The trauma-informed approach is about building a relationship first, and then developing grounding and resourcing skills. Grounding means you are able to stay mindful of the present place and time, and speak for your emotions without uncontrollably flashing back or reliving the trauma.

Building a list of resources means becoming aware of the support and strengths available to you, inside and out. This is the strengths-based approach, which is part of trauma-informed therapy. You develop a list of your own skills and abilities (such as examples of your courage and persistence, and methods for self-soothing) and people you can rely on. You identify outside sources such as twelve-step groups, understanding friends, family members, co-workers, and organizations you trust to support your healing and mental health.

Your resources can include new, healthier ways to calm and soothe strong emotions (see links below under More Resources). You may discuss and discover:

  • Working with mandalas – detailed patterns to color, which has a deeply calming effect
  • Reaching out to people you trust
  • CARESS, a set of techniques to help manage emotions when moving beyond self-destructive behavior (Communicate Alternatively, Release Endorphins, Self-Soothe)
  • Relying on new-found responses that draw on your strengths, such as a love of nature, music, meditation, reading, or journaling

If you are using substances such as drugs, alcohol, pornography, or food, or using behaviors like gambling or self-harm to cope with or numb out your feelings, this needs to be addressed to establish sobriety and safety. We can’t process trauma (safely reflect upon what has happened), until there is a foundation of safety and clean and sober stability.

We know that sobriety is most successful when you have learned some new coping skills to manage the emotions you feel.   No one enjoys feeling pain and heartache, but using substances (or any numbing activity) as a means of coping prevents you from developing the mindfulness, grounding and resources that allow healing to take place.

The work of processing trauma requires you to have the ability to regulate your affect (thoughts and feelings) using healthy coping skills. A helpful resource is Letting Go of Self Destructive Behaviors, a Workbook of Hope and Healing by Lisa Ferentz (which includes details about the CARESS technique).

If need be, the therapist may enlist a psychiatrist to help begin and manage medication. This can help stabilize the brain chemistry to provide a foundation for the therapy. This foundation includes building safety and a ‘window of tolerance,’ meaning that the feelings experienced during therapy and in life remain within the person’s ability to regulate and manage them.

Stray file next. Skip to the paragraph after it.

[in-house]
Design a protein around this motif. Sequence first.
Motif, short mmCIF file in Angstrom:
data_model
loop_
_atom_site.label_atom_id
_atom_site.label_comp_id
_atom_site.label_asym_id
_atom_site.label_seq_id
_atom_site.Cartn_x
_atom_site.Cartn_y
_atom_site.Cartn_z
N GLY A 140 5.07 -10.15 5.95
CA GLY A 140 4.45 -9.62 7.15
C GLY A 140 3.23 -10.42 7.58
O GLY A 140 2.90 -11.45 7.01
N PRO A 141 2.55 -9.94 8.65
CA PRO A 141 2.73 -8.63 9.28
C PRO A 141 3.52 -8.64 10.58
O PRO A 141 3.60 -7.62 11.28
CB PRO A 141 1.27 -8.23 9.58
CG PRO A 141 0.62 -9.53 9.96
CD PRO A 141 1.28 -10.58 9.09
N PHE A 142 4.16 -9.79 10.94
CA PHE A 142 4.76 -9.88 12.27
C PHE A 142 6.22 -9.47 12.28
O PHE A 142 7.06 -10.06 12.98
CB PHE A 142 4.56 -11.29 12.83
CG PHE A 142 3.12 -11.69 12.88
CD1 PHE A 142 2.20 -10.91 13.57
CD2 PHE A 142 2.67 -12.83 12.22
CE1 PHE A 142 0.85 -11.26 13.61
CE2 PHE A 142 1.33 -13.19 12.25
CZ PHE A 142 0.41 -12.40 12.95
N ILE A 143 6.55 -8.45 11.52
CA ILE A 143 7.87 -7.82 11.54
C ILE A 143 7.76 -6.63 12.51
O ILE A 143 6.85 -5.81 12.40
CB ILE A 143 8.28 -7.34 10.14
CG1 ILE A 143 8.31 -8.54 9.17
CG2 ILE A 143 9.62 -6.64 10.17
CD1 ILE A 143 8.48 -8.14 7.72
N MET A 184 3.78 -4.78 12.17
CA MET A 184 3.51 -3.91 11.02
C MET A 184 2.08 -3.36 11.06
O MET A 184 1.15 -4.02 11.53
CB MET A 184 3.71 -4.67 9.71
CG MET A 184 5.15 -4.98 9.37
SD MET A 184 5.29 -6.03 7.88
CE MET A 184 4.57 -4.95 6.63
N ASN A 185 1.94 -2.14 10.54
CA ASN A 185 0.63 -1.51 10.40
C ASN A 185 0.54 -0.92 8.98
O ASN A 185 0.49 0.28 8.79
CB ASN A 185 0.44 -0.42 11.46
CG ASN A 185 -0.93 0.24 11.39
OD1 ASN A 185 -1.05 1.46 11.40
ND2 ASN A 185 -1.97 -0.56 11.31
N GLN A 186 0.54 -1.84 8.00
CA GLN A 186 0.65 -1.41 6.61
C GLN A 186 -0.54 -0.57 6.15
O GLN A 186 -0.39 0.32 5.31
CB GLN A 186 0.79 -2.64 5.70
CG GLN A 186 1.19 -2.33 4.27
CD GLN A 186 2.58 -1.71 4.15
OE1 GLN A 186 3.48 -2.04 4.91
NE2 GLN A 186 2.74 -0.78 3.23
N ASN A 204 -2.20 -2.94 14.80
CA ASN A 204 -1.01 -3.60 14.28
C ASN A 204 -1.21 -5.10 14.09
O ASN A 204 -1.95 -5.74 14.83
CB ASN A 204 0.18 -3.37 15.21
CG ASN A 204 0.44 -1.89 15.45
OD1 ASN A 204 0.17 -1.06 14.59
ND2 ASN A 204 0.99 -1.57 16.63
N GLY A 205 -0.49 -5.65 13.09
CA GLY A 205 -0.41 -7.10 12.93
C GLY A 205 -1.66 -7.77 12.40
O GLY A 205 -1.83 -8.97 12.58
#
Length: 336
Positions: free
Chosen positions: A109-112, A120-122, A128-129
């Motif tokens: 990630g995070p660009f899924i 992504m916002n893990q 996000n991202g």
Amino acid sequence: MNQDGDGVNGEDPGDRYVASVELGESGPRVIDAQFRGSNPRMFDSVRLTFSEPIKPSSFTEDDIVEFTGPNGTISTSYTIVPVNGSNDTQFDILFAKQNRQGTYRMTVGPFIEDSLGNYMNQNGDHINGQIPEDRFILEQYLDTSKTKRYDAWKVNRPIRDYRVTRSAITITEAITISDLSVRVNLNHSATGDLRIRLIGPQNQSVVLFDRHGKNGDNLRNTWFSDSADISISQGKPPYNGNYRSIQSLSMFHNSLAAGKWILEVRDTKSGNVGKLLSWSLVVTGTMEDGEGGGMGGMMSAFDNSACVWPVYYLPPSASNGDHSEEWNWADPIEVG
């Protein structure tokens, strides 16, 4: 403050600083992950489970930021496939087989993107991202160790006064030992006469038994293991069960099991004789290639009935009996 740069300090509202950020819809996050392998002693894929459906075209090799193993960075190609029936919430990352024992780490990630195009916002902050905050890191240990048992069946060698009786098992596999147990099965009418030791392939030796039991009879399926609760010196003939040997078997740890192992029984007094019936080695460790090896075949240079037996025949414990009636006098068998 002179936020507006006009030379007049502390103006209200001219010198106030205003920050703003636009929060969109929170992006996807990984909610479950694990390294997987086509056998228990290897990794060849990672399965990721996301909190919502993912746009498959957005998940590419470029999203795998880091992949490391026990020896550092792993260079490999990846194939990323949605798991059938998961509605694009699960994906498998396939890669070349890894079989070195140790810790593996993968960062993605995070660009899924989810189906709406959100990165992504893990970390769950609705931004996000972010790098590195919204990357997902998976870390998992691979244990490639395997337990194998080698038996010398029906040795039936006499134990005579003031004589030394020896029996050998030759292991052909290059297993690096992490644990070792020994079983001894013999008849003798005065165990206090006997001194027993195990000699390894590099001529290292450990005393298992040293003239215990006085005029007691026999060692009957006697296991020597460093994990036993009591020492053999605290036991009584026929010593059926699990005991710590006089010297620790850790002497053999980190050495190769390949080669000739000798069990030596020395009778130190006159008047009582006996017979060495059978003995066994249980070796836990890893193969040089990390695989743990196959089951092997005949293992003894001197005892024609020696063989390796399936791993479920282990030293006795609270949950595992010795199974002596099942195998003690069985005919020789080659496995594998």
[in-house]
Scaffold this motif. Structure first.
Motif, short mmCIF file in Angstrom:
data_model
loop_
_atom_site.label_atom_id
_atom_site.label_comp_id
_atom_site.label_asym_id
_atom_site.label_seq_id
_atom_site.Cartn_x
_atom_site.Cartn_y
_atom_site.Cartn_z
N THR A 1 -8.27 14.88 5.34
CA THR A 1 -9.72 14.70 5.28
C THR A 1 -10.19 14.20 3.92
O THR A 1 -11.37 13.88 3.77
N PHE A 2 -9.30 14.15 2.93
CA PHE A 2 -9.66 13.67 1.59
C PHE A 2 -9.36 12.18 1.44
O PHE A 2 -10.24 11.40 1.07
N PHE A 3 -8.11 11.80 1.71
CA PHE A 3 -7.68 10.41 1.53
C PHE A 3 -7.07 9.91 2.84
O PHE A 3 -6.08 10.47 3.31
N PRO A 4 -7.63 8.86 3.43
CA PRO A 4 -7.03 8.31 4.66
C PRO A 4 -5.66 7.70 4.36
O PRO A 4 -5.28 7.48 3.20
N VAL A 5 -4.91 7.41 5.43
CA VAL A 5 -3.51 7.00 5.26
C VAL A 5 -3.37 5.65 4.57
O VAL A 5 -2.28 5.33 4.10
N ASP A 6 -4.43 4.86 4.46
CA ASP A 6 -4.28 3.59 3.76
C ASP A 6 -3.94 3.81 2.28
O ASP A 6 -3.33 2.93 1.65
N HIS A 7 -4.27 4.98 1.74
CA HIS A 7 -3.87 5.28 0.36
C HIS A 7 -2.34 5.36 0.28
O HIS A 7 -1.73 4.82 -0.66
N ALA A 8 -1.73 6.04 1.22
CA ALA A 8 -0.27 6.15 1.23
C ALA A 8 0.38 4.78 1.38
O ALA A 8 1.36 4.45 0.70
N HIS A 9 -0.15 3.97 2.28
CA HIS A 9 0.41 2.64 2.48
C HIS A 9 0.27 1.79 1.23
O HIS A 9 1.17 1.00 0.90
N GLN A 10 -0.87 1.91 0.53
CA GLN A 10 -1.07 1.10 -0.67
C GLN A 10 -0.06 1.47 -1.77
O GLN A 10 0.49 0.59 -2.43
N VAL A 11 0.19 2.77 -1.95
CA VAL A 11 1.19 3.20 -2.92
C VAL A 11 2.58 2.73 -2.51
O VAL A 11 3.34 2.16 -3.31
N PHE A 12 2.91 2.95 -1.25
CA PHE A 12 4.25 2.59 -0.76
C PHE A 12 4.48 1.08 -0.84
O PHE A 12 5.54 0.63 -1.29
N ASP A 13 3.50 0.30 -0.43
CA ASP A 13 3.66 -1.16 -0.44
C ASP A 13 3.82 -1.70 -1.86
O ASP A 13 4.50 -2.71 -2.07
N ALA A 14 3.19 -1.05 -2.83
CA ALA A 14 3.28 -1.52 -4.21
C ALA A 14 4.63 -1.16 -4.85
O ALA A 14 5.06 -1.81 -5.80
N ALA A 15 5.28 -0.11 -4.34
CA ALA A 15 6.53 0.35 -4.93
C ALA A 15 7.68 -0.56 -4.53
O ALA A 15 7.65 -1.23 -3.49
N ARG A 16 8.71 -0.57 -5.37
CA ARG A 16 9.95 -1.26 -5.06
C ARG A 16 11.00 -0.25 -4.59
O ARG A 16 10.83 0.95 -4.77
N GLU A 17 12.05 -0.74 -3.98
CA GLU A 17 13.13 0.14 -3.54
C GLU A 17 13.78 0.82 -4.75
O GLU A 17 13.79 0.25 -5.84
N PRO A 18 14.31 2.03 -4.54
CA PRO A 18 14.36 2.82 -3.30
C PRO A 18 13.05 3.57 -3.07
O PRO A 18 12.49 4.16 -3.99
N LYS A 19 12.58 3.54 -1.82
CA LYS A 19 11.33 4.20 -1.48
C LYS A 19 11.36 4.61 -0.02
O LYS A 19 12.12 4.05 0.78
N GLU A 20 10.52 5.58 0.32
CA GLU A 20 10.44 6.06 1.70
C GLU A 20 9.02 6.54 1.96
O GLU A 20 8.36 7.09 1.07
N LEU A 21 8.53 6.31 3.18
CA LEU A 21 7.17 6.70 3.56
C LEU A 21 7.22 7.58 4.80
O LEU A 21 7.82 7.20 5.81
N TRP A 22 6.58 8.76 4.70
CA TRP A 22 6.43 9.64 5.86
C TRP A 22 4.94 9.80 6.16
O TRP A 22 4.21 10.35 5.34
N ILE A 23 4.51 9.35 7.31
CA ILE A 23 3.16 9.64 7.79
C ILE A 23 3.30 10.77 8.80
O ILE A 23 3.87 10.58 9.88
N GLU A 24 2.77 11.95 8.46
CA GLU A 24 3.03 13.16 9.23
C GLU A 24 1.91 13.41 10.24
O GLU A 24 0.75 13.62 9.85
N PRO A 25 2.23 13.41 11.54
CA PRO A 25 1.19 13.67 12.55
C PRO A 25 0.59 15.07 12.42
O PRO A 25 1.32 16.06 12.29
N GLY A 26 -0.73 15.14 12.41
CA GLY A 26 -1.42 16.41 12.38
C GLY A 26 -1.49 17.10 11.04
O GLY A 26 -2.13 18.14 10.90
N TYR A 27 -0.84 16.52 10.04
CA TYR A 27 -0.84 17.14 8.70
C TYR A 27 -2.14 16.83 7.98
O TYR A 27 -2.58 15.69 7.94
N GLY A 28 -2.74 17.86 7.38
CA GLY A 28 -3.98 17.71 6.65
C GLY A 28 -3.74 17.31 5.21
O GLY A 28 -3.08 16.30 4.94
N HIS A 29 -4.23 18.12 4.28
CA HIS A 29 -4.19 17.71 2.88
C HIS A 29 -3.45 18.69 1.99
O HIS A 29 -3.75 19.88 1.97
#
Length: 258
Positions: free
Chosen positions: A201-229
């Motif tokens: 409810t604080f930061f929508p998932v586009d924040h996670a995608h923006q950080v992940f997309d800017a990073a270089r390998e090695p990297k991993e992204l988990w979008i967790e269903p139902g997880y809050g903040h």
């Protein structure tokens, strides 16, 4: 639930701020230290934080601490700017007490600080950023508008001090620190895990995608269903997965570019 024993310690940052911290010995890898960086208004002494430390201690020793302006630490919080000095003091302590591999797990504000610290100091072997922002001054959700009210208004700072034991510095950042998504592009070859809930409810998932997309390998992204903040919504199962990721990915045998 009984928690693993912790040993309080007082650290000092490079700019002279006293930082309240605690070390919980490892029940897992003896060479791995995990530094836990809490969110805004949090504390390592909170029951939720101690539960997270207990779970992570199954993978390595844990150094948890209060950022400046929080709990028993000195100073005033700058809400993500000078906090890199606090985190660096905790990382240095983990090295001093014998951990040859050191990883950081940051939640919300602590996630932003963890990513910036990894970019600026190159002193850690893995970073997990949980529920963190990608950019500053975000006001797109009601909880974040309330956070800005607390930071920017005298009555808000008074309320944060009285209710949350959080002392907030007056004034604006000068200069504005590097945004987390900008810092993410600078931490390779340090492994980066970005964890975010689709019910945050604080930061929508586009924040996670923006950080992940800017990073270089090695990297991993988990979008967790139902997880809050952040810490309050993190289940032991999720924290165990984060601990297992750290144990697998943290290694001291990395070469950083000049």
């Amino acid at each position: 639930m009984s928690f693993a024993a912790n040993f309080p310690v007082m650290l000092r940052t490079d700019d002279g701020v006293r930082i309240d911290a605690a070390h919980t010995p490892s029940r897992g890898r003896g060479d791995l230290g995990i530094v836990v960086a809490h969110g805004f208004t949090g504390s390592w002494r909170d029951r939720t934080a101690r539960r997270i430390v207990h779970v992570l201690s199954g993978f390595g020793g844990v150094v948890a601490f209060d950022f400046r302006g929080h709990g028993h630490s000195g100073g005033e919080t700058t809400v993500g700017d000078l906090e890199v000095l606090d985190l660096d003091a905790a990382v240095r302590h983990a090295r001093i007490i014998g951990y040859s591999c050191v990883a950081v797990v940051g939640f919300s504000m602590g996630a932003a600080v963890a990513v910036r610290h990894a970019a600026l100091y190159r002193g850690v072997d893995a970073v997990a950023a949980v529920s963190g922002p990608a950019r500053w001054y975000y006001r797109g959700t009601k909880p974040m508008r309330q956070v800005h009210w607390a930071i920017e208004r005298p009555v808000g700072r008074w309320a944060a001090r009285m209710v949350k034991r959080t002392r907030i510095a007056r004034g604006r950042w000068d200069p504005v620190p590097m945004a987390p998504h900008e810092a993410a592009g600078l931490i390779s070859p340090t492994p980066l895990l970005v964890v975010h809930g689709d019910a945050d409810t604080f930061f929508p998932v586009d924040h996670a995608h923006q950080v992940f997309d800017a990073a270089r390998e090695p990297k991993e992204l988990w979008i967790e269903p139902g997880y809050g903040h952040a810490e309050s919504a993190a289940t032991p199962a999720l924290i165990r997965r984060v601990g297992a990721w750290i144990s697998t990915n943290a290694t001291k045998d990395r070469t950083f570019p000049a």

Processing the Trauma

The process of building a safe place, trust, grounding exercises, your resource network, and empowerment can take some time and work in therapy. You set the pace that feels safe to you. Once you have developed that foundation of safety and stabilization, the work of going deeper and processing the more traumatic experiences can begin. You and the therapist will look at the details of what happened gradually and slowly. The therapist can use many trauma-informed tools and skills to help guide you. You may toggle back and forth between talking about the past and what you notice and, returning to the present and noticing your safety.

The therapist may push a little bit, guiding the conversation to address the trauma, and then pull back and reground; then push a little bit further, and then pull back again so you can see how to navigate painful memories and emotions within your window of tolerance, without being overcome by them.

One of the goals of trauma-informed care is to support a level of containment (a skill taught by trauma-informed therapists to their clients). Even after looking closely at events that have been toxic or traumatic, you are able to leave the therapy session feeling a sense of stability and you are able to function in daily life.

As you progress, you may learn more about the nature of your own trauma and understand that

  • You do not need to feel ashamed or ‘crazy’ for what you are going through
  • You can take the time you need to review and recover (the trauma will not be resolved by the fourth session, for example, and your pace is okay – trauma therapy takes time)
  • You have support and can use reliable resources
  • You can understand and learn to set healthier boundaries and use self-care
  • You feel hope

A Trauma-Informed Approach Inspires Hope

The process of repair or recovery begins only when you have the resources — skills, strengths and support systems in place — that you can rely on going forward.

As a therapist, the trauma survivors I see in my practice are often amazing people. They have been through so much hardship, and they have developed tremendous personal strengths. In spite of everything they have been through, they often possess keen intuition, sensitivity, empathy and ability to support others. They are incredible survivors!

I am inspired to see so many take up the hard work of therapy despite tremendous obstacles – collaborating and connecting, creating a place for themselves of emotional safety, and beginning to learn to trust when it’s safe.

For Dr. Nadine Burke Harris, understanding the impact of trauma on health is “actually where the hope lies, because when we have the right framework, when we recognize this to be a public health crisis, then we can begin to use the right tool kit to come up with solutions.”

A trauma-informed approach helps all of us become more aware of the extent of trauma’s impact upon individuals we may know – including ourselves. It encourages us to develop the awareness to better support the healing process whether we are therapists, trauma survivors, or fellow human beings.

More Resources

Resources for Survivors of Abuse

  • Survivors of Incest Anonymous

Resources for Traumatic Stress, PTSD and Dissociation

  • The Sidran Foundation
  • The Trauma Center

Other Reading